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French fashion guru André Courrèges dies at 92

AFP file picture | André Courrèges, photographed in his Paris studio in 1987

French fashion designer Andre Courreges, symbol of a futuristic style revolution in the 1960s and synonymous with mini-skirts and little white boots, has died at the age of 92.


"Clothes should escape from conventions," Courreges once said. Fashion, he thought, should be "a way of life".

The style icon died in the posh western Paris suburb of Neuilly-sur-Seine. His funeral will be held in his southern hometown of Pau on Monday, the company said.

Born on March 9, 1923, in Pau, Courreges was a radical force in 1960s fashion, helping to define a new sort of independence for women with space-age styles that became icons of a generation.

Courreges initially studied and worked as a civil engineer before switching to fashion and spending a decade working for designer Cristobal Balenciaga.

He formed his own label in 1961, and it was a collection three years later that thrust him into the spotlight and made him, for a short but significant while, the king of French fashion.

Angular mini dresses and trouser suits in stark black-and-white colour schemes were combined with goggles and helmets taken from astronauts that became known as the Moon Girl look.

He set the trends for stars such as Brigitte Bardot and Catherine Deneuve and his house returned to the catwalk only two years ago after several years away.

He was a pioneer of formal trousers for women and a long and bitter dispute continues over whether he was first to popularise the miniskirt ahead of British designer Mary Quant.

His little white dress became an enduring image of the Swinging Sixties, and regardless of who came first, his miniskirts were widely accepted to be the shortest, and designed in eye-popping colours and heavy materials such as gabardine that became hugely popular.

'A visionary'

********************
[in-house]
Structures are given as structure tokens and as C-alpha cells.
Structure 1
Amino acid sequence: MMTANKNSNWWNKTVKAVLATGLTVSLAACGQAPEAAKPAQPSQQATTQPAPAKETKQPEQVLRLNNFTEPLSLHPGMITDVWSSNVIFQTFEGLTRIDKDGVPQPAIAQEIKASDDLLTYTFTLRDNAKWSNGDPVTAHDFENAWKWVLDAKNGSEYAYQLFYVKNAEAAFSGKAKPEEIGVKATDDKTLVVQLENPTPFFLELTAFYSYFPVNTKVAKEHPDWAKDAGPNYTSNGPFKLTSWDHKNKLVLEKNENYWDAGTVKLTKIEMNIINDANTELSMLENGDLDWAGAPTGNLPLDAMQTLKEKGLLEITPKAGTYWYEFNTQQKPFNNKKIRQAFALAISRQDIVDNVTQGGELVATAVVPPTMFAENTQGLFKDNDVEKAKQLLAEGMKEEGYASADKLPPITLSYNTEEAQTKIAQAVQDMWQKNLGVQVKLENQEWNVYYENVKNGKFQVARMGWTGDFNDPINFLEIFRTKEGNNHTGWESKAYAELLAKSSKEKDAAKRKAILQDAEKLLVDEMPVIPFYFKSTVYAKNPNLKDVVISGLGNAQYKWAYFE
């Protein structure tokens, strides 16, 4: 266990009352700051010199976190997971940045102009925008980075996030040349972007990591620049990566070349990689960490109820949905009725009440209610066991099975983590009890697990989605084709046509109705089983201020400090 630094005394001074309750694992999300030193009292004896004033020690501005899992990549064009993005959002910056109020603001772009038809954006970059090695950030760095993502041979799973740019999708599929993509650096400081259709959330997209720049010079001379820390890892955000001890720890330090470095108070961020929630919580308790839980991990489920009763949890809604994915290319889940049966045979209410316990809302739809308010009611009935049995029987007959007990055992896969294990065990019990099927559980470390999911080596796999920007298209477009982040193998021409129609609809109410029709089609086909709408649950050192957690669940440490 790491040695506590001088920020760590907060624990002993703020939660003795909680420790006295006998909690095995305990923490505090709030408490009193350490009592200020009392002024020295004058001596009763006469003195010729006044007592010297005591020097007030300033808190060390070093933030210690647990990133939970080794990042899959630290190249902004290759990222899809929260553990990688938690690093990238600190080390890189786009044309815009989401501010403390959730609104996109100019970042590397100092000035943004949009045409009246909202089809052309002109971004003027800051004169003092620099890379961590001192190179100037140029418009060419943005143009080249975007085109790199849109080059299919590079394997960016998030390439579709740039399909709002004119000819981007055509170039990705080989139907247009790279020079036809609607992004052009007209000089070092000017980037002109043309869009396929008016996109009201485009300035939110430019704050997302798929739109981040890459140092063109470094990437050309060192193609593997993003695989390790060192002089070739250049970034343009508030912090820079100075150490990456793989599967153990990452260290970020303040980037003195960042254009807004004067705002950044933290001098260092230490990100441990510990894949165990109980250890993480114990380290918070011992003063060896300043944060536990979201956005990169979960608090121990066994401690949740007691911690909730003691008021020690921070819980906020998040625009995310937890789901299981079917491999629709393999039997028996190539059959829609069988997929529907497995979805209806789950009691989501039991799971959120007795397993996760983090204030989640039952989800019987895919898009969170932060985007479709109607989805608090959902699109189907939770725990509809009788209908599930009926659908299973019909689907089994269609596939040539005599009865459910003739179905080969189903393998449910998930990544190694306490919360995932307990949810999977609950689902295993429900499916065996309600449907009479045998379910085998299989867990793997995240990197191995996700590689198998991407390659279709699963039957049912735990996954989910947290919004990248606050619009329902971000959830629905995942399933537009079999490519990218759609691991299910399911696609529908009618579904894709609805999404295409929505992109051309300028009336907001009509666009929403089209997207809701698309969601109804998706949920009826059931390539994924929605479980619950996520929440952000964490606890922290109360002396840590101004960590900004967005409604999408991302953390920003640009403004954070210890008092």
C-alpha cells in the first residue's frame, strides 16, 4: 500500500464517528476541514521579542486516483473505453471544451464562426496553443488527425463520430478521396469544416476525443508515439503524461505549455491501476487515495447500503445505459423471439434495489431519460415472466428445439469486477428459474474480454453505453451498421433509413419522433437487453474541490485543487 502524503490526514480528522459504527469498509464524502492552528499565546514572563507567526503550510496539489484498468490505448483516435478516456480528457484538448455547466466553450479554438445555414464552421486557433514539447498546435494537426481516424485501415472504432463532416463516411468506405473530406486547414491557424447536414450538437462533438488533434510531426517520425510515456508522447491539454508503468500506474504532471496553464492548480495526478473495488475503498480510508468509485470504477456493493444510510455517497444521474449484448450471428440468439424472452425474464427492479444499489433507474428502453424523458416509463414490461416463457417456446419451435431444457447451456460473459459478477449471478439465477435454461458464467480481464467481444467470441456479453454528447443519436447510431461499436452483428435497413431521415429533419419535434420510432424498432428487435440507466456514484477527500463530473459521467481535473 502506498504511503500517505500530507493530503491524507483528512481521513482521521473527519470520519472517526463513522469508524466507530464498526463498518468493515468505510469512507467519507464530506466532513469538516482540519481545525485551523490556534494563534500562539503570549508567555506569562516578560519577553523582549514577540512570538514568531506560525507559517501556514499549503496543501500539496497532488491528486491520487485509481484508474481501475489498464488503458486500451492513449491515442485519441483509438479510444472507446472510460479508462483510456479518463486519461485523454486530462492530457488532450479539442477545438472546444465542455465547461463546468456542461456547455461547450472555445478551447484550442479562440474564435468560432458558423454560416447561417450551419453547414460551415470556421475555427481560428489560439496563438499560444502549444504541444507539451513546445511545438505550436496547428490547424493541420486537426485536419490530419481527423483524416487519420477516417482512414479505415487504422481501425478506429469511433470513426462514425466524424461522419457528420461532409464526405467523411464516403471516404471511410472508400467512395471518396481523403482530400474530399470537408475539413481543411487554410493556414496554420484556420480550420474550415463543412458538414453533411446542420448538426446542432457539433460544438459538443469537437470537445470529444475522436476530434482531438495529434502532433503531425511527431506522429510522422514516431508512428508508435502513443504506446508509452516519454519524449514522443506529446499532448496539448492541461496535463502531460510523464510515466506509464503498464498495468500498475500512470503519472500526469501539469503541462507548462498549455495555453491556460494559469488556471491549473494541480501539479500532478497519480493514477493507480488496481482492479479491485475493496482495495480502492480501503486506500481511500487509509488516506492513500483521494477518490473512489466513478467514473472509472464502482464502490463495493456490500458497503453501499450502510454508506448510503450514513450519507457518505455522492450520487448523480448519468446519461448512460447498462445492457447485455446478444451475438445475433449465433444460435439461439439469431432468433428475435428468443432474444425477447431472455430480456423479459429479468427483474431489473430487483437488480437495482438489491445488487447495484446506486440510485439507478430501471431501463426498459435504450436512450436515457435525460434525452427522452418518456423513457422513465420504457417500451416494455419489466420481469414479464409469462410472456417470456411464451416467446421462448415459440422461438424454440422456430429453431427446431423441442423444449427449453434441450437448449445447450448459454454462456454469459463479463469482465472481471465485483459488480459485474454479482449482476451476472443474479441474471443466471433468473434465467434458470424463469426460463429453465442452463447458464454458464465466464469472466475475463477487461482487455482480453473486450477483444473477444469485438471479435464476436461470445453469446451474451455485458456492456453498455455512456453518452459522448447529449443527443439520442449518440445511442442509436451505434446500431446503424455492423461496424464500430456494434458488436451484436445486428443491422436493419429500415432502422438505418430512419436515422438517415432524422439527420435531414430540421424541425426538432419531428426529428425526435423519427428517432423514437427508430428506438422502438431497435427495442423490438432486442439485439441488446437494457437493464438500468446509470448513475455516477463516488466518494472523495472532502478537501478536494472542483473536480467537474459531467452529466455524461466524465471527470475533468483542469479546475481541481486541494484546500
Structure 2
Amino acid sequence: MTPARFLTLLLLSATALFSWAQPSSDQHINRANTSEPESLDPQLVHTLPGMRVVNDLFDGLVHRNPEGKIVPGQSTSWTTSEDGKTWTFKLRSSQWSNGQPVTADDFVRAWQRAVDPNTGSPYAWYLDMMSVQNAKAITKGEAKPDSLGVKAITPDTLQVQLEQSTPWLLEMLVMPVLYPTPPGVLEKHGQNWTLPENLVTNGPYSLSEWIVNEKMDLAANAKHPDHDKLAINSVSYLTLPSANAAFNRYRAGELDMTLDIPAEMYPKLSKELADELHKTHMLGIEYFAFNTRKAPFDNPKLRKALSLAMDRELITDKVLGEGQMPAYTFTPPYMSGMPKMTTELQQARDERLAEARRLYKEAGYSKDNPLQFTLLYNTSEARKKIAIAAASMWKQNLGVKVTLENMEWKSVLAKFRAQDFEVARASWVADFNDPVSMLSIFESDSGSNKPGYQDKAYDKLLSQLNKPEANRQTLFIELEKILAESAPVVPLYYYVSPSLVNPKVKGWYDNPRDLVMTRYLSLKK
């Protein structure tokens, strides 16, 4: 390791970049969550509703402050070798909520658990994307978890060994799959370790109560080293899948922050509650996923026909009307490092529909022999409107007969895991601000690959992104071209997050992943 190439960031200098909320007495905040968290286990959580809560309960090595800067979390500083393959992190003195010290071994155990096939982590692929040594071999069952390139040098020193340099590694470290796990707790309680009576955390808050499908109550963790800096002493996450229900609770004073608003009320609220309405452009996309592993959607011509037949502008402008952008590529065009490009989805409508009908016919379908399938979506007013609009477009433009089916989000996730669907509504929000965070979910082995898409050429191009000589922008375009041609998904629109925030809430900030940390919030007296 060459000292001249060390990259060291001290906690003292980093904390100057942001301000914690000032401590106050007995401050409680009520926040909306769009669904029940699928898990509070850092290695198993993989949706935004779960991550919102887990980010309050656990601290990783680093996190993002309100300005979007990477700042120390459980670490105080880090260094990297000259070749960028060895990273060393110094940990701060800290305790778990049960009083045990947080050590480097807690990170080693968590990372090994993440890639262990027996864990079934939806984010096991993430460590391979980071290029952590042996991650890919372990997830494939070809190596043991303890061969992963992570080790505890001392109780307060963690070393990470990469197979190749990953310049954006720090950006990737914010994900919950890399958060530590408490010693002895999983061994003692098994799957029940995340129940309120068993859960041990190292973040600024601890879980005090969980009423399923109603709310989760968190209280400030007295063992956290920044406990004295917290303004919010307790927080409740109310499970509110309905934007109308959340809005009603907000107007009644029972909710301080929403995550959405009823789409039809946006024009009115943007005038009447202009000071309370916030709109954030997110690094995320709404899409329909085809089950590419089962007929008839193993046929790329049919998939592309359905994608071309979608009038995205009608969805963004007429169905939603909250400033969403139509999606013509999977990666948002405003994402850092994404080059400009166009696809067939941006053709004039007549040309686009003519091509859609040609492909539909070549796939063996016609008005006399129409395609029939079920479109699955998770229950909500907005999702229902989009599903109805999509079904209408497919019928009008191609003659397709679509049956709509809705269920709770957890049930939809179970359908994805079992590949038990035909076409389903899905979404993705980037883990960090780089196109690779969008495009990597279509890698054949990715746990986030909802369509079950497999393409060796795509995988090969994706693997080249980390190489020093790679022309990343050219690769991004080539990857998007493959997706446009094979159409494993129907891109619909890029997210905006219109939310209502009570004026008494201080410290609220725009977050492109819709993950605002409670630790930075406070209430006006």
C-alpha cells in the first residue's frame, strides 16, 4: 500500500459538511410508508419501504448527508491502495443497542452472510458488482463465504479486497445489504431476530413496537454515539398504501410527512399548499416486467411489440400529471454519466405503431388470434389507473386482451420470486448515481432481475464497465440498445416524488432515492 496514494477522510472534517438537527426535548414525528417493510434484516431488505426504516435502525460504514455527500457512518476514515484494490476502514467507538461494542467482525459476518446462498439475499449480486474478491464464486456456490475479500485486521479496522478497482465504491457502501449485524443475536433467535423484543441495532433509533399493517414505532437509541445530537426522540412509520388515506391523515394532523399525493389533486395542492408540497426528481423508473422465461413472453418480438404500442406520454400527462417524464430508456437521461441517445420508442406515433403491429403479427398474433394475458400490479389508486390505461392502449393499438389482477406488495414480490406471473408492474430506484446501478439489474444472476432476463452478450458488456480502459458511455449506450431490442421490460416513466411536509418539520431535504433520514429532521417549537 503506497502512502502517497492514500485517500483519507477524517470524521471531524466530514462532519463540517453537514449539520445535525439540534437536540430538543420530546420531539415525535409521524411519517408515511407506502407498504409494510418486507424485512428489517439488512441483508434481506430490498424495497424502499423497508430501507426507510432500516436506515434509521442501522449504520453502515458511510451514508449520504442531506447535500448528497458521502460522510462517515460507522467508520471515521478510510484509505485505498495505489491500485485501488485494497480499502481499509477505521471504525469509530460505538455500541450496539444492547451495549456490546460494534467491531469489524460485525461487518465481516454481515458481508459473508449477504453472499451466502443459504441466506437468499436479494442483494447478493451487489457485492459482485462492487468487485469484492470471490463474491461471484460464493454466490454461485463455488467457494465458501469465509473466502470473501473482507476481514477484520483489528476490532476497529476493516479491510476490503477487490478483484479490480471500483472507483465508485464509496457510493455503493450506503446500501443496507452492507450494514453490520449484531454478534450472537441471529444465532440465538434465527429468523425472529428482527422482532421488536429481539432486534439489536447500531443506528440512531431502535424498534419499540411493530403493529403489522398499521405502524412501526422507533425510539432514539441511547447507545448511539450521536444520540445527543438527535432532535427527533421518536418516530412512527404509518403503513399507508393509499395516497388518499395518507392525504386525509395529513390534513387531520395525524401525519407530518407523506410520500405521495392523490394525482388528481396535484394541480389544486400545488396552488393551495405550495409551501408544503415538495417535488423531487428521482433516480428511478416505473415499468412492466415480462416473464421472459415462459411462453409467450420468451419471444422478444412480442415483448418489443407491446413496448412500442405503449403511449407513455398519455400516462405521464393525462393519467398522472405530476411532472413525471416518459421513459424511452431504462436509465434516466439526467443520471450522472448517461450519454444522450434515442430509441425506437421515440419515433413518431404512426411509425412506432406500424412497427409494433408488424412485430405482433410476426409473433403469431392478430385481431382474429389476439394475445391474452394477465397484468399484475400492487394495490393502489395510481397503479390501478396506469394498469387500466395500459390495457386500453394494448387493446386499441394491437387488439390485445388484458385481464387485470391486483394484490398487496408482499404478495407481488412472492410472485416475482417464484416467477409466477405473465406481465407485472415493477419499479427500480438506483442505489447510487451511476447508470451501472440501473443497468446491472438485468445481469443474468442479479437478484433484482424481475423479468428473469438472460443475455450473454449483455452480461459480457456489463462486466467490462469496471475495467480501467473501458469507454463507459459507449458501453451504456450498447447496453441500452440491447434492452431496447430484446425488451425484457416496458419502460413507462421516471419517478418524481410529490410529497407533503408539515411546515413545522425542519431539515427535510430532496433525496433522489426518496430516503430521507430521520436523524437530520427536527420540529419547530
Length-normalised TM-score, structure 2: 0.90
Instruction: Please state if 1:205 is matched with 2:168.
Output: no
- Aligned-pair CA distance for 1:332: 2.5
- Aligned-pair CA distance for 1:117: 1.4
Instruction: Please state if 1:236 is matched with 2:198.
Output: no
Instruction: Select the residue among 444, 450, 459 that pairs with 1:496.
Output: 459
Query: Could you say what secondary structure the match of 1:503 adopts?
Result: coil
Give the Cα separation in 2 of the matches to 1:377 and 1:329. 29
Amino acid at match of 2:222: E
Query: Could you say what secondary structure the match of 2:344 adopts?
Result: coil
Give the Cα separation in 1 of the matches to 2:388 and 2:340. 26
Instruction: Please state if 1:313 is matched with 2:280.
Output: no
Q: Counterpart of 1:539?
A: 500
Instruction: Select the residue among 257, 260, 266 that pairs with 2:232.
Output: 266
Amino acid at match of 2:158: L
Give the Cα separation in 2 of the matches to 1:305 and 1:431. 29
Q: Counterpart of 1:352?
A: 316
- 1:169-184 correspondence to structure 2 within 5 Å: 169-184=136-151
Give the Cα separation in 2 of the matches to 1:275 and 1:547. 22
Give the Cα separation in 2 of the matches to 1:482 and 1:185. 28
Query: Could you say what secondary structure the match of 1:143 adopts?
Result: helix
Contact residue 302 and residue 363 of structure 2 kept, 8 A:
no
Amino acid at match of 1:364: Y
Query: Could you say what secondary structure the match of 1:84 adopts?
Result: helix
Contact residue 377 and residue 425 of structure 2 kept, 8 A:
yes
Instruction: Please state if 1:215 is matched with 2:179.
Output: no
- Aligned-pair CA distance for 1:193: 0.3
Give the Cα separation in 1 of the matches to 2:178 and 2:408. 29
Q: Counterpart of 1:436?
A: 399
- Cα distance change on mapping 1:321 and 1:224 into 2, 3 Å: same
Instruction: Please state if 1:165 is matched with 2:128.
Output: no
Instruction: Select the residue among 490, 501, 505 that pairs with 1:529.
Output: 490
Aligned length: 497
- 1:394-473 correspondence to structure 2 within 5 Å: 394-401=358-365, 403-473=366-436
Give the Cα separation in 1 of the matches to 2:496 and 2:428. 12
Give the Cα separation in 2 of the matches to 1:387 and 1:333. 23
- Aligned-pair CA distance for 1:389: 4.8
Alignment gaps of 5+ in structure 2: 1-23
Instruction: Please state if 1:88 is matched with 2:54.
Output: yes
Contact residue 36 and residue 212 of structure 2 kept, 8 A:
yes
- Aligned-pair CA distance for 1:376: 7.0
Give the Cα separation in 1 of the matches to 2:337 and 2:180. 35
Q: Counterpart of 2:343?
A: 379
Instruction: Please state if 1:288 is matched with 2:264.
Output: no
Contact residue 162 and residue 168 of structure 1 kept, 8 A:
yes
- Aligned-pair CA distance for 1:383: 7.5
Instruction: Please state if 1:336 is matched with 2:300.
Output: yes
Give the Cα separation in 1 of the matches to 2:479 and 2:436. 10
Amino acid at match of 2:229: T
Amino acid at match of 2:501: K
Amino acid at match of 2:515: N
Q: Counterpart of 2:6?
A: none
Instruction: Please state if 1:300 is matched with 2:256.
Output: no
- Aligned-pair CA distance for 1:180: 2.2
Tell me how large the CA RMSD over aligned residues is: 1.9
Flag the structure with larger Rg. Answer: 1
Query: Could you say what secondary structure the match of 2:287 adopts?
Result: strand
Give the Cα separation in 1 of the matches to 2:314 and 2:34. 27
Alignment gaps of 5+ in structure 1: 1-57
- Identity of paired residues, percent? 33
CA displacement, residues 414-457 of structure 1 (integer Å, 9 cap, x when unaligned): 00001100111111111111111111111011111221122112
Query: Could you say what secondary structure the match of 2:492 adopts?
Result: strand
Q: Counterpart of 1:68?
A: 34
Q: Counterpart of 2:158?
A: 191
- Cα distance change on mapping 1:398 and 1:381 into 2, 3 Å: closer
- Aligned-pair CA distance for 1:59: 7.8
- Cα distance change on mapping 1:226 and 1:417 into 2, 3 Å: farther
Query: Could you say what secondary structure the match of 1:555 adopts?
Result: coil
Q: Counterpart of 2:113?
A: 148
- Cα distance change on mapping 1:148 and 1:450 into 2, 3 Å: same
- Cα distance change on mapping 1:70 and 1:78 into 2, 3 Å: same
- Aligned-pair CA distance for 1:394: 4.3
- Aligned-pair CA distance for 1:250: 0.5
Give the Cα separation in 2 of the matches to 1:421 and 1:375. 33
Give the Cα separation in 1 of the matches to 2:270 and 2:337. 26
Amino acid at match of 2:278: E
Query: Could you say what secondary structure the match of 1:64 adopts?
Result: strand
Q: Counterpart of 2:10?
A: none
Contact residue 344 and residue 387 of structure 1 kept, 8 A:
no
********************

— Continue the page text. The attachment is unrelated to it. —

Courreges also took the bold step of replacing high heels with his famed flat white boots.

His style -- often with lots of metal -- was a particular hit with artist Andy Warhol.

"Courreges clothes are so beautiful, everyone should look the same, dressed in silver. Silver merges into everything, costumes should be worn during the day with lots of make-up," Warhol once said.

French singer Michel Delpech paid tribute to the designer in a 1965 song "Inventaire 66" whose opening lines were "A mini-skirt and two Courreges boots."

Courreges, who stopped working in the 1990s, passed away on Thursday after a 30-year battle with Parkinson's disease, the Maison de Courreges said in a statement.

"Andre Courreges put his stamp on French high fashion," said President Francois Hollande on Friday.

"A revolutionary creator, using geometric shapes and new materials, Courreges was a style and an epoch," Hollande added.

Fashion designer Jean-Charles de Castelbajac hailed Courreges as a "visionary" who "came at a time of frills and furbelows and stripped it of non-essentials to take fashion to a new phase."

And Courreges's contemporary Paco Rabanne said he was a "very important figure in fashion."

Culture Minister Fleur Pellerin added: "He was ultimately the inventor of a universe of forms and colours where elegance was conceived with fantasy, humour and the greatest freedom of spirit and movement."

After his burst of success in 1964, Courreges aimed to popularise fashion by offering affordable versions of his clothes.

In 1972, he designed the uniforms for staff at the Munich Olympic Games.

Courreges, who had also been a pilot during World War II, married his assistant Coqueline Barriere in 1967.

She took over artistic direction of the company when he retired in 1994, moving into painting and sculpture in his later years.


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